Rugby statistics: James Lowe’s positive impact speaks for itself
The Leinster man was immense on Saturday and can be a big presence going forward
Leinster’s James Lowe is congratulated by Ross Byrne after scoring a try during the Pro14 win over Munster. Photo: Billy Stickland/Inpho
Leinster outhalf Ross Byrne received the man-of-the-match medal principally for a flawless kicking performance in his team’s 30-22 victory over Munster at the Aviva stadium last weekend but the player with arguably the game defining impact was his teammate James Lowe; the shorthand version, two tries and a seminal role in his team’s third, a penalty try, which carried a double tariff for Munster as Keith Earls received a yellow card.
The 26-year-old Lowe was involved from the opening seconds of the contest when he caught Munster outhalf Joey Carbery’s kick-off to a final intervention, when losing the ball forward in a tackle from replacement scrumhalf Duncan Williams. His impact on the game is defined by 23 moments, the vast majority (17) that took place in the opening 40 minutes.
Considering that Leinster had just 35 per cent of possession and 32 per cent of territory it accentuates the quality of his contribution. According to the official Opta statistics, Lowe scored two tries, carried the ball 11 times for 53 metres – a little less than a third of the team’s overall total and more than twice the number of metres of the next best individual contribution in a blue shirt. He is credited with three offloads and two clean breaks, making eight passes and one tackle.
The last figure is an interesting one in that he doesn’t appear to be credited for his part in a double-tackle that prevented Munster centre Dan Goggin from scoring a try or in assisting as the second player in to lasso CJ Stander in the second half.
It’s unlikely to have been for a thumping hit on his former teammate Carbery a fraction of a second after referee Ben Whitehouse called back play for an earlier infringement or in shunting Sammy Arnold over the touchline as the Munster centre put through a grubber kick. The tackle in question may have been one on Andrew Conway.
The official Pro14 statistics credit him with five tackles in four matches, something that his teammate Josh van der Flier might accumulate in one sequence of play.
The New Zealander has started four of Leinster’s six Guinness Pro14 matches this season to date and while last Saturday’s reports deservedly earned him rave reviews, the quality of his contribution in the other matches is equally impressive, highlighting his excellent form.
Lowe scored tries in the defeat to the Scarlets and the victory over Edinburgh. He averages 72 metres per game with a high of 102 metres against Connacht, the only contest so far in which he didn’t dot down, and carries the ball on average 11.75 times per match. It works out at a little over six metres per carry.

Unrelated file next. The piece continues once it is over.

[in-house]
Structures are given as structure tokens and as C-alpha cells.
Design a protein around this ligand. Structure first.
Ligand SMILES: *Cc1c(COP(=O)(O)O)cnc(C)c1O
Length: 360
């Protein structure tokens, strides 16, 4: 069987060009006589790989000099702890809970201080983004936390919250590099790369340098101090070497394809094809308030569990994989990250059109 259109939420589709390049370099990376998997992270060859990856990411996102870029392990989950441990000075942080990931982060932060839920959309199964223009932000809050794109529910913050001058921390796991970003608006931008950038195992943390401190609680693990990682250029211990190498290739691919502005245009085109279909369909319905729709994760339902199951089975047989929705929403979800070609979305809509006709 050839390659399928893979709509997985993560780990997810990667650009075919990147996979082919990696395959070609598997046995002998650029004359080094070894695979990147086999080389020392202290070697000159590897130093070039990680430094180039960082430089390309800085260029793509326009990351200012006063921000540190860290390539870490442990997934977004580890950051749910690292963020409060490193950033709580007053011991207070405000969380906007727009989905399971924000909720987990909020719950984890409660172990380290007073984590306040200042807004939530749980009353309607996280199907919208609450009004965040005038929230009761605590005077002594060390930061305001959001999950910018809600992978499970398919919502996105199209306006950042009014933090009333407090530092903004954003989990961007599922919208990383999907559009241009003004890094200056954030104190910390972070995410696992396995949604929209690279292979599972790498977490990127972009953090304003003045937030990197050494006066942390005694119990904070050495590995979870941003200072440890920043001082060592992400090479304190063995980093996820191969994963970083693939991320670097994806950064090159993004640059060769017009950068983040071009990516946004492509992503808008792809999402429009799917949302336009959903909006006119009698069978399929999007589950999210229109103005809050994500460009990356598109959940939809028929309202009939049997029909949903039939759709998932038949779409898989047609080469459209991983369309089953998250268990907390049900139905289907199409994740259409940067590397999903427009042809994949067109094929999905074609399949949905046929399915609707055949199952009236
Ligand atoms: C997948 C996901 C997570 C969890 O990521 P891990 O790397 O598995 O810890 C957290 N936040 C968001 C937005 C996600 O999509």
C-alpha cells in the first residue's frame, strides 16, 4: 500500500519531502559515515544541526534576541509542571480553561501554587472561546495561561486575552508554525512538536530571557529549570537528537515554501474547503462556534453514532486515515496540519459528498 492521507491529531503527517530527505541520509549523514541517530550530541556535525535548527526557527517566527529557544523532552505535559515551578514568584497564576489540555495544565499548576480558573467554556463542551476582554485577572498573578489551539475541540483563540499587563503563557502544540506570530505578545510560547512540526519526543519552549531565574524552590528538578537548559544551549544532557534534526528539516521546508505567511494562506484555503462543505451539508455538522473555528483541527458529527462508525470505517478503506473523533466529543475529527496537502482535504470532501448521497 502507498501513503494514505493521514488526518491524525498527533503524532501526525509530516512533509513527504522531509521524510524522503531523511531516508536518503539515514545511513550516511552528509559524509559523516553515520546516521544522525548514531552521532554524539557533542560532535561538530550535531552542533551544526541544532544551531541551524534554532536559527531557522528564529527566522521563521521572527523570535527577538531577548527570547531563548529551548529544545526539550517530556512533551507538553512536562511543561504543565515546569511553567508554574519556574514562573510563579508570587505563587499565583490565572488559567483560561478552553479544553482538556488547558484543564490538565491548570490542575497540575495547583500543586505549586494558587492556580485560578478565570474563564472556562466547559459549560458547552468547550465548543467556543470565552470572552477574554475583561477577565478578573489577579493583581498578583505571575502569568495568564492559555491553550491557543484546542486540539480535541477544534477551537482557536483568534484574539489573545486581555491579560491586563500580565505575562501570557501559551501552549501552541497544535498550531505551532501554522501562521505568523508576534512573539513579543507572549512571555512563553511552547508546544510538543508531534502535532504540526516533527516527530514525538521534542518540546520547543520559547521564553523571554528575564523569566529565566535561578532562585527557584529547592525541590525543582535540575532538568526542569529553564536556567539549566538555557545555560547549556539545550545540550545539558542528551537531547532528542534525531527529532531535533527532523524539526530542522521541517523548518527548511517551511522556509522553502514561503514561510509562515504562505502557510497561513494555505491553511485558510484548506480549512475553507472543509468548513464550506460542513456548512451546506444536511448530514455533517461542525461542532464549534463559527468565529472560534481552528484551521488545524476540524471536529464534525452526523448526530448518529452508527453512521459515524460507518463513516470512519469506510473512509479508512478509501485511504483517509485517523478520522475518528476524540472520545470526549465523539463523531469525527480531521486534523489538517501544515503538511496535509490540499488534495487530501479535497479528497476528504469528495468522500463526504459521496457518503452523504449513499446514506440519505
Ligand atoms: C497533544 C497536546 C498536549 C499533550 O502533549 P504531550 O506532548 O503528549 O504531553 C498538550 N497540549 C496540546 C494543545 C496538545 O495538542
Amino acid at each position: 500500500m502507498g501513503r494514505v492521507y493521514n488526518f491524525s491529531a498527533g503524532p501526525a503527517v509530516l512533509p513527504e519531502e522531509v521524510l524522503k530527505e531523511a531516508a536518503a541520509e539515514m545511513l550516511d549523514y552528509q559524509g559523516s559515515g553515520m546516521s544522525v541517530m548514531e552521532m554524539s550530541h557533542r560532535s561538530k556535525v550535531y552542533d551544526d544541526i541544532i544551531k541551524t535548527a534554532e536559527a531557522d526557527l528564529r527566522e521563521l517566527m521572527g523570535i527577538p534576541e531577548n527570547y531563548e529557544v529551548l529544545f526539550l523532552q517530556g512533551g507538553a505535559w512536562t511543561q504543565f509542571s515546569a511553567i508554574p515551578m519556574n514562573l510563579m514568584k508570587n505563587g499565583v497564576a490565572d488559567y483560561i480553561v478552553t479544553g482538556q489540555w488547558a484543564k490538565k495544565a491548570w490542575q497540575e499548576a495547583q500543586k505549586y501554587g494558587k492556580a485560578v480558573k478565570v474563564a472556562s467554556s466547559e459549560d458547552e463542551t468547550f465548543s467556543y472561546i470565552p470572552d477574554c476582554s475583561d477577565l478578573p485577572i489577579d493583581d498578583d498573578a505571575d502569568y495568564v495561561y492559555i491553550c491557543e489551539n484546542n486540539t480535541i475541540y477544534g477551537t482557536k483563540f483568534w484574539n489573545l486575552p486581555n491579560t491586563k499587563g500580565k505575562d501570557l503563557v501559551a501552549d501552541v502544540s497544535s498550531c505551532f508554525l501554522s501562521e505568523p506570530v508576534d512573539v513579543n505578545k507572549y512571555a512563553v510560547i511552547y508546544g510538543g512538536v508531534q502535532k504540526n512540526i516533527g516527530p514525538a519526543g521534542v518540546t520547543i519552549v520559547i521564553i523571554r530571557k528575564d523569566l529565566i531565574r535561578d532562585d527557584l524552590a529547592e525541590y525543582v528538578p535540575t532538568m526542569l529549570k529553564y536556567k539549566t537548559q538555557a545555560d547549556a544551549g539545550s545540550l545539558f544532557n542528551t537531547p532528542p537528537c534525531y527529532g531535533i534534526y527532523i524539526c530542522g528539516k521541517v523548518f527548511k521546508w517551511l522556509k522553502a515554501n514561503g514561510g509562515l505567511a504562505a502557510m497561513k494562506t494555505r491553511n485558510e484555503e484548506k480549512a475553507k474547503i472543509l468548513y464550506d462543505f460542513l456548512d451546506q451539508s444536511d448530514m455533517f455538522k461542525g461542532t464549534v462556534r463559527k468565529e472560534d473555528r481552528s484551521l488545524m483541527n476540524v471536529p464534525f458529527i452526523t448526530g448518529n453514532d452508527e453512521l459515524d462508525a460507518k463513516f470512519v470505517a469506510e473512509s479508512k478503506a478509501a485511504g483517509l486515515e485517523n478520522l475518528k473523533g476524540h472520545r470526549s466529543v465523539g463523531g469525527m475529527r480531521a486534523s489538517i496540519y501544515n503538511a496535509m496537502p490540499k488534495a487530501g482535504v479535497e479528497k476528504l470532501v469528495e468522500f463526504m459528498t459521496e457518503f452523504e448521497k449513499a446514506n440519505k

There is a cavil that fullbacks and wings get to chew up easy metres on kick returns but the majority of Lowe’s contributions take place in more cluttered corridors of the pitch.
His involvement against Munster encompassed his aerial prowess, prodigious left footed kicking, strength in and through the tackle and offloading but it was his clear-eyed ruthlessness in finishing off what were half chances that made a massive difference to the outcome. Great players render what appears ridiculously difficult, almost routine or casual in the maelstrom of a match.
That was evident in his two tries and thumping clearances, one of which he sent 60 metres plus down the pitch from a starting point of a metre from the touchline. There were rare errors, a missed tackle, a kick charged down by Arnold, a spilled ball taking a return pass from Robbie Henshaw and another when looking to work the short-side with Luke McGrath from a scrum late on.
Munster managed to keep Lowe a little quieter after the interval (six involvements in play), although that is relative given that he scored his second try during that period, an effort that showed athleticism and presence of mind; there was nothing wrong with Munster secondrow Jean Kleyn’s tackle and it would have sufficed to stop most other players.
An injury to the in-form Jamison Gibson-Park means that Leo Cullen’s traditional selection headache of picking two from the scrumhalf, Scott Fardy and Lowe under the foreign players’ rule – the latter through expediency lost out at times last season – won’t be a factor this weekend for Leinster’s opening match in defence of the newly titled, Heineken Champions Cup against Wasps at the RDS on Friday evening.
The challenge for Lowe is to maintain the lofty standard in performance terms; what looks the more difficult assignment is for opponents to negate that influence, something that no team has managed to date this season.